Healthcare Information Systems and the Cloud in 2018

Article Written by Avery Phillips

Technology always presents a future that is evolving radically. Even in healthcare, an industry that has oftentimes trailed in terms of tech, it's becoming clear that the cloud is the way of the future. 

This has direct implications for patient care and data, and most significantly for the evolution of security connected to the cloud and information systems. The research company Forrester recently released a report where the title itself says enough: "Cloud Computing Accelerates Enterprise Transformation Everywhere." 

Thus, it's fair to assert that the future of healthcare can only move in one direction, and that's to fuller cloud-based integration.

How Tech is Changing Healthcare

In terms of healthcare, the cloud makes a lot of sense. It can provide solutions to serious quandaries of the past. As we've noted before, "Adoption of various technological innovative products is key to competitive advantage for many companies." 

The healthcare industry is not immune to the demands of the consumer; as in all other industries cloud-adoption is essential for professionals to remain relevant and dynamic in the ever-changing marketplace.  

Bernard Marr wrote for Forbes, "The medical industry already collects a huge amount of data, but it's often siloed in individual doctors' offices, hospitals, and clinics. Unifying that data - and combining it with patient-collected data from smart devices - is the industry's next big hurdle to overcome." 

There is no organized, dominant vendor for the information, or a method that the healthcare industry as a whole has agreed upon to utilize nationally. But the conversation has become more timely than ever before. 

"In the past, healthcare information systems focused on client management, clinical records, accounting, and automated transactions. Cloud computing, ultra-portable and powerful devices like laptops and smartphones, and increased options for archiving and digitizing information into readily accessible formats hint at an interesting future for HIS," write the healthcare information system experts at the Collat School of Business

The industry now has access to the kind of technology that can theoretically remove the the outdated problems of the past for them. 

The Cloud and Security

The cloud, big data, machine learning, and a variety of other similar advances provide possible solutions for the issues outlined above. They can provide a means of a uniform, globally accessible manner of recording and distributing the information that patients require for care. 

That information, by its very nature, is of the most sensitive variety, and its transfer to the cloud means that it will inevitably be targeted by cyber criminals. 

The healthcare professionals at Duquesne University note that "Professionals collect data across many different categories," and that "The data collected by healthcare organizations can be stored in disease registries, personal medical records, electronic medical records, and electronic health records."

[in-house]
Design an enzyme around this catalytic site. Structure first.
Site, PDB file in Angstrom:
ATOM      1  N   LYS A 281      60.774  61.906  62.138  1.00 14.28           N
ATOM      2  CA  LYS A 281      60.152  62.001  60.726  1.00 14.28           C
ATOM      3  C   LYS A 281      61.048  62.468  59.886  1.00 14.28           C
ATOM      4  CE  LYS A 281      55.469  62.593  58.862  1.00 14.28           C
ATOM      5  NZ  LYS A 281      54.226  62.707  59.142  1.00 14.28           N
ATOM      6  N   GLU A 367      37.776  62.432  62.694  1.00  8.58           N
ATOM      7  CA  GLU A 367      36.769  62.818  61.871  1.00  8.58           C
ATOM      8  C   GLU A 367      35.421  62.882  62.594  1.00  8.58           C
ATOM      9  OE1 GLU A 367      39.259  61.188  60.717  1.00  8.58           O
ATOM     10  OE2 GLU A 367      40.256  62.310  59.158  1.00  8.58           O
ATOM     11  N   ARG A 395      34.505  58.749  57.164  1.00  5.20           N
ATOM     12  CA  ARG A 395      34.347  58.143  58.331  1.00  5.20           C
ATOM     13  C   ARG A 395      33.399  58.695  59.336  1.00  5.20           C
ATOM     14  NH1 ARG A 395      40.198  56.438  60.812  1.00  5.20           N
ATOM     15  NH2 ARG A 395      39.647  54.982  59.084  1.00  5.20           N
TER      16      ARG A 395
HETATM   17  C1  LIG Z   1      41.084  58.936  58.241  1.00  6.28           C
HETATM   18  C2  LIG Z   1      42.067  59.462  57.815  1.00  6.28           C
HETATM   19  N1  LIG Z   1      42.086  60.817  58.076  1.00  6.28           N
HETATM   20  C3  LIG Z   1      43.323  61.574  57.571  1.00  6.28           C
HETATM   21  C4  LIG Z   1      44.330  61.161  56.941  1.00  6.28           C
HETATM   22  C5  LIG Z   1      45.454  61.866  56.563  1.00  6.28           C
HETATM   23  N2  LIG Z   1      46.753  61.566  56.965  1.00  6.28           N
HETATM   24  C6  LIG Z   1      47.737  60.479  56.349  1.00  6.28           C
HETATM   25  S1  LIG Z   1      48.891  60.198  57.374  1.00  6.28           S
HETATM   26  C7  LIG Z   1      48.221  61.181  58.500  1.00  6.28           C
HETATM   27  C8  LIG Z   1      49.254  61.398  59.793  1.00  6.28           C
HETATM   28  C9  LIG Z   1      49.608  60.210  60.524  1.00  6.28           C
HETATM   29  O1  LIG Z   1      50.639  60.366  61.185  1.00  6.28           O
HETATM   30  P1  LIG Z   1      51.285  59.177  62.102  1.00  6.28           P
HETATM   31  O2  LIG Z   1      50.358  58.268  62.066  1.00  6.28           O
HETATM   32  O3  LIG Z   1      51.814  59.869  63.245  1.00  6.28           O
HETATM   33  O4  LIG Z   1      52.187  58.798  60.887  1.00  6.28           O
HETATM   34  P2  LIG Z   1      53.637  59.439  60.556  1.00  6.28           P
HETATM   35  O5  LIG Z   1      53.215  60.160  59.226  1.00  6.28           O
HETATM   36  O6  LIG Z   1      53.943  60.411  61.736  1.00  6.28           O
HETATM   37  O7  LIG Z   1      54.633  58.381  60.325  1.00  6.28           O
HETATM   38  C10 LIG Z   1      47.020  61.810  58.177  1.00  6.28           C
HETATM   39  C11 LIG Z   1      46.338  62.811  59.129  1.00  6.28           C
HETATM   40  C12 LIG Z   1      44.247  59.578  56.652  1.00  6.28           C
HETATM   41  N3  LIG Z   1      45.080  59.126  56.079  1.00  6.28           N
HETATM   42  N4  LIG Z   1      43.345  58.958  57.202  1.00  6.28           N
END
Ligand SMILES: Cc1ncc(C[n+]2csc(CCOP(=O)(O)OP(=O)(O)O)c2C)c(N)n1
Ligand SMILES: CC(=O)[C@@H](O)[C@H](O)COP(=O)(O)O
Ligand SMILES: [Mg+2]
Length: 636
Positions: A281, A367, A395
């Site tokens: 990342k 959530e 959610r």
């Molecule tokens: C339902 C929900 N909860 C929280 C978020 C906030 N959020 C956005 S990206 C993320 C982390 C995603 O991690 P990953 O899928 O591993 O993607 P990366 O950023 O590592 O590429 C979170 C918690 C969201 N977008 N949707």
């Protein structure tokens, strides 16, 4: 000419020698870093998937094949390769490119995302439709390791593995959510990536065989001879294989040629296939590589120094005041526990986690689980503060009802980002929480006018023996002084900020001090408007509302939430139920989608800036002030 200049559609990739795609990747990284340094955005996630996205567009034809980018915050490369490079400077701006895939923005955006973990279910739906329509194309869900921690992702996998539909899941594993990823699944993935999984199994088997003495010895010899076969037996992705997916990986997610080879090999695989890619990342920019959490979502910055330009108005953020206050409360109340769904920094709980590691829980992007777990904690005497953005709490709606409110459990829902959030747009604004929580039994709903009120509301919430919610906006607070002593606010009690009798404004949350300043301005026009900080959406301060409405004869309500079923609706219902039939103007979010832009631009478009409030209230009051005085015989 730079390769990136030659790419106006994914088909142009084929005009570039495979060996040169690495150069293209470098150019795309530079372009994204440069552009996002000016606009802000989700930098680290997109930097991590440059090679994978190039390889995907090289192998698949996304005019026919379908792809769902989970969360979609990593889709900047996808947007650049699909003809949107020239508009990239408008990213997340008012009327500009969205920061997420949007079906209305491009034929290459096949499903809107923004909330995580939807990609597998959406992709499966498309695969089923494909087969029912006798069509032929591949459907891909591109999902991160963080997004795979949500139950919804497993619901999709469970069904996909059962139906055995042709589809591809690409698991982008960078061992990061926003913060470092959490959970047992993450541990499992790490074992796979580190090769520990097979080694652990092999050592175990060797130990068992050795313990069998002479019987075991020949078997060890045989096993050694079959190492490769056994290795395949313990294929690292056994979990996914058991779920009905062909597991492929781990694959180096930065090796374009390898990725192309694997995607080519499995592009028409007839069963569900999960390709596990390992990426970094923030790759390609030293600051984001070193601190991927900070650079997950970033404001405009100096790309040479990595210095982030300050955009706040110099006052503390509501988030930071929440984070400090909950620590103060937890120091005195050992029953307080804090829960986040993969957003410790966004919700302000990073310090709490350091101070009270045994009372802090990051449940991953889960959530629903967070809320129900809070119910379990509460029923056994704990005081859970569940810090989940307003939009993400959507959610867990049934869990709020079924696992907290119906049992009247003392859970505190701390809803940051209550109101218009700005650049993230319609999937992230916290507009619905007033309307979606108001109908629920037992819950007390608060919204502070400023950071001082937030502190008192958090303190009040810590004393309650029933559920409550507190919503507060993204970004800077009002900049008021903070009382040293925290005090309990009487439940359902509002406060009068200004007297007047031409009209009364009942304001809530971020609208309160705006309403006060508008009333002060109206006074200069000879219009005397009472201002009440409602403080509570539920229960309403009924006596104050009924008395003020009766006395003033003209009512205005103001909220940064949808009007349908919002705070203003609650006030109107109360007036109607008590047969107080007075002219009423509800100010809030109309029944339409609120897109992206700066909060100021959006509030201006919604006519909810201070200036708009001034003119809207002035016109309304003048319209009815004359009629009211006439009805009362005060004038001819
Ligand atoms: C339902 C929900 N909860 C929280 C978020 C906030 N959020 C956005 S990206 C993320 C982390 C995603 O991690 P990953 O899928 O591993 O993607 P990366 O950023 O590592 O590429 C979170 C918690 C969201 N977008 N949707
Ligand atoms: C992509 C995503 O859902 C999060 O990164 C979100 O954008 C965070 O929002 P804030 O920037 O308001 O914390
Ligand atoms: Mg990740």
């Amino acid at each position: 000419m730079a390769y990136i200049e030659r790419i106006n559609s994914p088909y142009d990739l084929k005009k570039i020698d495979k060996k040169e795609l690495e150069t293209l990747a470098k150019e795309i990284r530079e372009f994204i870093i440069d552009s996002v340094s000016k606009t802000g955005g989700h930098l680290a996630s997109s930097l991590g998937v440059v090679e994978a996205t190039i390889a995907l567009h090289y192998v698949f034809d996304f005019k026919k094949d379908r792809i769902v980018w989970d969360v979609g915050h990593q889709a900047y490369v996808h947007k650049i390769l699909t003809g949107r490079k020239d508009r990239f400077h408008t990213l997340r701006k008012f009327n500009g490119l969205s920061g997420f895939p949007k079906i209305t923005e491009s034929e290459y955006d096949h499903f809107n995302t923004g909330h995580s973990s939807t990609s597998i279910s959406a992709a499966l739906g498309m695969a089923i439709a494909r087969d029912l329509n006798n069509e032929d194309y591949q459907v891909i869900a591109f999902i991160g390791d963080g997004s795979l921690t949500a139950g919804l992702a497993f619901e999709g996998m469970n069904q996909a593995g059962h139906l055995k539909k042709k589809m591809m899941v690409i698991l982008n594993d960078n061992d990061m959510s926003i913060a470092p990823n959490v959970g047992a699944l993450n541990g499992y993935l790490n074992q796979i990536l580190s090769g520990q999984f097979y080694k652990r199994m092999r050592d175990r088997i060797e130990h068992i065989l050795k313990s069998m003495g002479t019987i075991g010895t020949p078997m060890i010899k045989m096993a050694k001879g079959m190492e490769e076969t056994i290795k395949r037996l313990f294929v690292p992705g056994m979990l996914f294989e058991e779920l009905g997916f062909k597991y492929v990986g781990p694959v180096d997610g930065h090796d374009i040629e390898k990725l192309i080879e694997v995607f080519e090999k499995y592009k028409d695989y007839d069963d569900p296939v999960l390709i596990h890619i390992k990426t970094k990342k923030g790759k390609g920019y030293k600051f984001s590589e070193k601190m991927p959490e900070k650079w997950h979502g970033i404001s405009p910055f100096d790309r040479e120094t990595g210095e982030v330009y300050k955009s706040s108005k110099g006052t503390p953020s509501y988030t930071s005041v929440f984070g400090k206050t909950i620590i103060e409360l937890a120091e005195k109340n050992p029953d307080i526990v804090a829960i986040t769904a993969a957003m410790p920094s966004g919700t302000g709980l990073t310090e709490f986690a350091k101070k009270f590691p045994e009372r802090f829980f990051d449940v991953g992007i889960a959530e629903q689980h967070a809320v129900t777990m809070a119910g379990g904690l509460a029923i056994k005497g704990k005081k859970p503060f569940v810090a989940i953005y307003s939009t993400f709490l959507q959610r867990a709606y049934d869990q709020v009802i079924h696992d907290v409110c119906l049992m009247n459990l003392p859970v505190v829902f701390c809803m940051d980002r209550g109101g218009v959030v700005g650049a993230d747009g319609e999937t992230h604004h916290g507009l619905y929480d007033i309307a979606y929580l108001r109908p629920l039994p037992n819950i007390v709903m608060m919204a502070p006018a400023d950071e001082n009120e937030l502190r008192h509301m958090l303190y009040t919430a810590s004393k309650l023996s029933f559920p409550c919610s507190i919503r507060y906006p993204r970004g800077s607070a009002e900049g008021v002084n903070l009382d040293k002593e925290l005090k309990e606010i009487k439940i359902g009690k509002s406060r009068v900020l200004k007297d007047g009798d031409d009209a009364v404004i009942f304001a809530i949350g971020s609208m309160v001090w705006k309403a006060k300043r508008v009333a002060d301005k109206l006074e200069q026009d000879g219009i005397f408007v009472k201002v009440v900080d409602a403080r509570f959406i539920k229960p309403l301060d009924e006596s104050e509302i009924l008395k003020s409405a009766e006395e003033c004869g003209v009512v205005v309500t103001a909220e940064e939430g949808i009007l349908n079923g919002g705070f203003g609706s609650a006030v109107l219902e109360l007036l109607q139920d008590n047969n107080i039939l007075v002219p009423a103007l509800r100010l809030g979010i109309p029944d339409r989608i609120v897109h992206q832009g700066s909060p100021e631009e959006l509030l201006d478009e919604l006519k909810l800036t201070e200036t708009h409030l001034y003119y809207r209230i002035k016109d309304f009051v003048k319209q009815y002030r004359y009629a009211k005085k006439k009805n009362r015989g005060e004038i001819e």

Ultimately, this means that the breaches that have plagued the other industries will also plague healthcare. Breaches happen with startling consistency, and they impact virtually every industry and every type of organization. From small businesses to the federal government, it seems nearly impossible to shut hackers down. 

The Evolution of Healthcare Information Systems

As is the trend when technology is impacting anything: the flow of change is constant. Already, the industry has seen drastic shifts in how information is being stored. 

"Although the healthcare industry was initially slow to move its data and services to the cloud, more than 40% of healthcare companies and providers reported that they are using the cloud in 2016," writes Brooke Chaplan. Thus, the shift is happening. 

Not only that, but there is also something to be said for the fact that security is rapidly evolving as well. 

According to cloud expert David Linthicum, the real problem with data security is not where, but how information is stored. 

He cites a report which found, "On-premises environment users experience an average of 61.4 attacks, while service provider environment customers averaged only 27.8. On-premises environment users also suffered significantly more brute force attacks compared to their counterparts." 

What that means is that those using non-cloud based storage systems were hit harder than those utilizing a cloud-based system. Additionally, because there is so much paranoia surrounding the nature of the cloud, cloud systems often have heightened security systems, which makes a compelling case not just for the efficiency of utilizing the cloud, but also its security. 

All in all, the trends of the future in healthcare information systems are largely already being seen; with confidence we can predict a fully-cloud based industry. The only question now, is how exactly that will happen. A specific, globally-adopted form of documentation will have to be developed, as well as the right cloud-based platform for healthcare professionals. 

It's not a matter of what, but merely how.


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About the Author


 

Avery Phillips is a unicorn of a human being who loves all things relating to people and their entrepreneurial spirits. Comment down below or tweet her @a_taylorian.